An archived instance of discourse for discussion in a Fractal Introductory Colloquium.

# What does the Julia set of a cubic function look like?

mark

What does the Julia set of a cubic function look like? As a specific example, something like
$$f(z) = z^3 + i$$
or
$$f(z) = z^3-z^2+z/2-1/3.$$

Vanderbilt

I found an excellent resource for this here

Here's my understanding of this: for any Julia set within the family that we have been working with, $f_c(z)=z^2 + c$, the image will show rotational symmetry of 180 degrees:

In other words, if you split the figure in half and then rotate that half 180 degrees, you will see that it perfectly matches the other half.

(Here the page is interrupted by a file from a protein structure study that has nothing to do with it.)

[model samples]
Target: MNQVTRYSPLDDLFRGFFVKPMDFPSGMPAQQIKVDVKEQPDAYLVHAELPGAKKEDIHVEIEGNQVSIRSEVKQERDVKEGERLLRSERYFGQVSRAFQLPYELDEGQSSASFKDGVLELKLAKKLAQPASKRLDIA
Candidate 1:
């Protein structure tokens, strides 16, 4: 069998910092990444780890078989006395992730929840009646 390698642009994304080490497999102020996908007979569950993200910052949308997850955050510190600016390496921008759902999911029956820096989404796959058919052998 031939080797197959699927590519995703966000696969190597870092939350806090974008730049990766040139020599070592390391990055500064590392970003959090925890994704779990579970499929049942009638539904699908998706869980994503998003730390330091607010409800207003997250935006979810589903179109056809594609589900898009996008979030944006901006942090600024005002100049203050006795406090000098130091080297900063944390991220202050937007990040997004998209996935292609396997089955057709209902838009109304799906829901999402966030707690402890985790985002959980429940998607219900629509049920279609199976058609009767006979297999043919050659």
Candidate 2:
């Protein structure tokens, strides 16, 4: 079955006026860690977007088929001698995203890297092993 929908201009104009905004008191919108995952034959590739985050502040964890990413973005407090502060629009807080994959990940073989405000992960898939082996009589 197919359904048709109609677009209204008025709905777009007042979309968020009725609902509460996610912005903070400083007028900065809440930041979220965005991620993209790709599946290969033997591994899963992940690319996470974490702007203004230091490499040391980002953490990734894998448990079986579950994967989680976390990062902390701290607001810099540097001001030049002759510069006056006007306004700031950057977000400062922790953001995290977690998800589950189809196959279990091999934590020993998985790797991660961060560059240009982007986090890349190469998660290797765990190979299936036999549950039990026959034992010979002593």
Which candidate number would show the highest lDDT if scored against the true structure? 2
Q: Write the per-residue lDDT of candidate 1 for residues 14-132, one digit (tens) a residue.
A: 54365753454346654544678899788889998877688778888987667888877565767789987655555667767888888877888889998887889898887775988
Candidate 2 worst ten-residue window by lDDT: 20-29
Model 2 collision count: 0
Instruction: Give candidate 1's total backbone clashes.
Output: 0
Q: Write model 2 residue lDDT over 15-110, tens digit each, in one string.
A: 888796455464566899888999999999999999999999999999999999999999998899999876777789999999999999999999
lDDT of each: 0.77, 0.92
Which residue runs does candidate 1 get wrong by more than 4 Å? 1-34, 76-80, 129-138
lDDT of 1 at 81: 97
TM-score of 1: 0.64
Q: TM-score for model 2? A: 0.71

Now, according to the website I found, functions with a degree of three should have Julia sets with rotational symmetry of 120 degrees: enough to fit three same-looking sections into the 360 degrees of the image, if that makes sense. Here's the example they gave:

Similarly, functions with a degree of four should have 90 degree rotational symmetry, a degree of five should result in rotational symmetry of 72 degrees, etc.

I'm still unsure how to determine the Julia sets for those particular examples, though, if anyone wants to add on to this.

Anyways, happy 18th birthday to me!!

mark

@Vanderbilt That does look very cool! To all - we're still looking for a tool that generates Julia sets of things like $z^3+i$.

Chief_Keith

A little of topic, but I found it to be good information.
zn + 1 = zn3 + c
As you can see, the only difference is in the power of z. Also you will notice that all the Julia Sets of this type will have rotational symetry of order 3, instead of 2.
http://www.jamesh.id.au/fractals/mandel/Mandel3.html

Here are actual examples
https://theory.org/fracdyn/birth%5E3/